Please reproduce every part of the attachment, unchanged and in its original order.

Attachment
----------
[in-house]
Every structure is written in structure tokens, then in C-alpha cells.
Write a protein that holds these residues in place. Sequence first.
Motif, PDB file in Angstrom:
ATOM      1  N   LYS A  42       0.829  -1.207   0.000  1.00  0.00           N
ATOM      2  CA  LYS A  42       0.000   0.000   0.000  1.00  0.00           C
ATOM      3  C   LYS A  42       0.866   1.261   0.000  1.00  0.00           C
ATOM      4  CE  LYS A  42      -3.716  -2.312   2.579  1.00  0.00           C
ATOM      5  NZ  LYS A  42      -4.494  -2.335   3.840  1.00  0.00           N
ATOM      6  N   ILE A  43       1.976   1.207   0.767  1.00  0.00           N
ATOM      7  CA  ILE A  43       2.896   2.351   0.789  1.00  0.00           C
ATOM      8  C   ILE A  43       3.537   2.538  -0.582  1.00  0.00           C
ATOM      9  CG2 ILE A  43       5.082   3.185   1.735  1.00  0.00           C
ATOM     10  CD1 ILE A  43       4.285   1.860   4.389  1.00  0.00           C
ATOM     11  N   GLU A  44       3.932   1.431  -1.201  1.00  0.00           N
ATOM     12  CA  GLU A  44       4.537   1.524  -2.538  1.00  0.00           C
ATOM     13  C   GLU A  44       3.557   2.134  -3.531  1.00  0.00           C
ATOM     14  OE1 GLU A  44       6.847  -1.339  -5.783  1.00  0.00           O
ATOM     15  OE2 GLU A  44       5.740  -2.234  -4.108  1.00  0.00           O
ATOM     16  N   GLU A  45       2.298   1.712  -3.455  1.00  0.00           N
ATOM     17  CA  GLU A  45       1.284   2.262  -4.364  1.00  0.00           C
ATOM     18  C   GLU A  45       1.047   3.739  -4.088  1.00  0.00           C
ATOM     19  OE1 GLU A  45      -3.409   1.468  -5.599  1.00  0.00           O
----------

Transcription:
[in-house]
Every structure is written in structure tokens, then in C-alpha cells.
Write a protein that holds these residues in place. Sequence first.
Motif, PDB file in Angstrom:
ATOM      1  N   LYS A  42       0.829  -1.207   0.000  1.00  0.00           N
ATOM      2  CA  LYS A  42       0.000   0.000   0.000  1.00  0.00           C
ATOM      3  C   LYS A  42       0.866   1.261   0.000  1.00  0.00           C
ATOM      4  CE  LYS A  42      -3.716  -2.312   2.579  1.00  0.00           C
ATOM      5  NZ  LYS A  42      -4.494  -2.335   3.840  1.00  0.00           N
ATOM      6  N   ILE A  43       1.976   1.207   0.767  1.00  0.00           N
ATOM      7  CA  ILE A  43       2.896   2.351   0.789  1.00  0.00           C
ATOM      8  C   ILE A  43       3.537   2.538  -0.582  1.00  0.00           C
ATOM      9  CG2 ILE A  43       5.082   3.185   1.735  1.00  0.00           C
ATOM     10  CD1 ILE A  43       4.285   1.860   4.389  1.00  0.00           C
ATOM     11  N   GLU A  44       3.932   1.431  -1.201  1.00  0.00           N
ATOM     12  CA  GLU A  44       4.537   1.524  -2.538  1.00  0.00           C
ATOM     13  C   GLU A  44       3.557   2.134  -3.531  1.00  0.00           C
ATOM     14  OE1 GLU A  44       6.847  -1.339  -5.783  1.00  0.00           O
ATOM     15  OE2 GLU A  44       5.740  -2.234  -4.108  1.00  0.00           O
ATOM     16  N   GLU A  45       2.298   1.712  -3.455  1.00  0.00           N
ATOM     17  CA  GLU A  45       1.284   2.262  -4.364  1.00  0.00           C
ATOM     18  C   GLU A  45       1.047   3.739  -4.088  1.00  0.00           C
ATOM     19  OE1 GLU A  45      -3.409   1.468  -5.599  1.00  0.00           O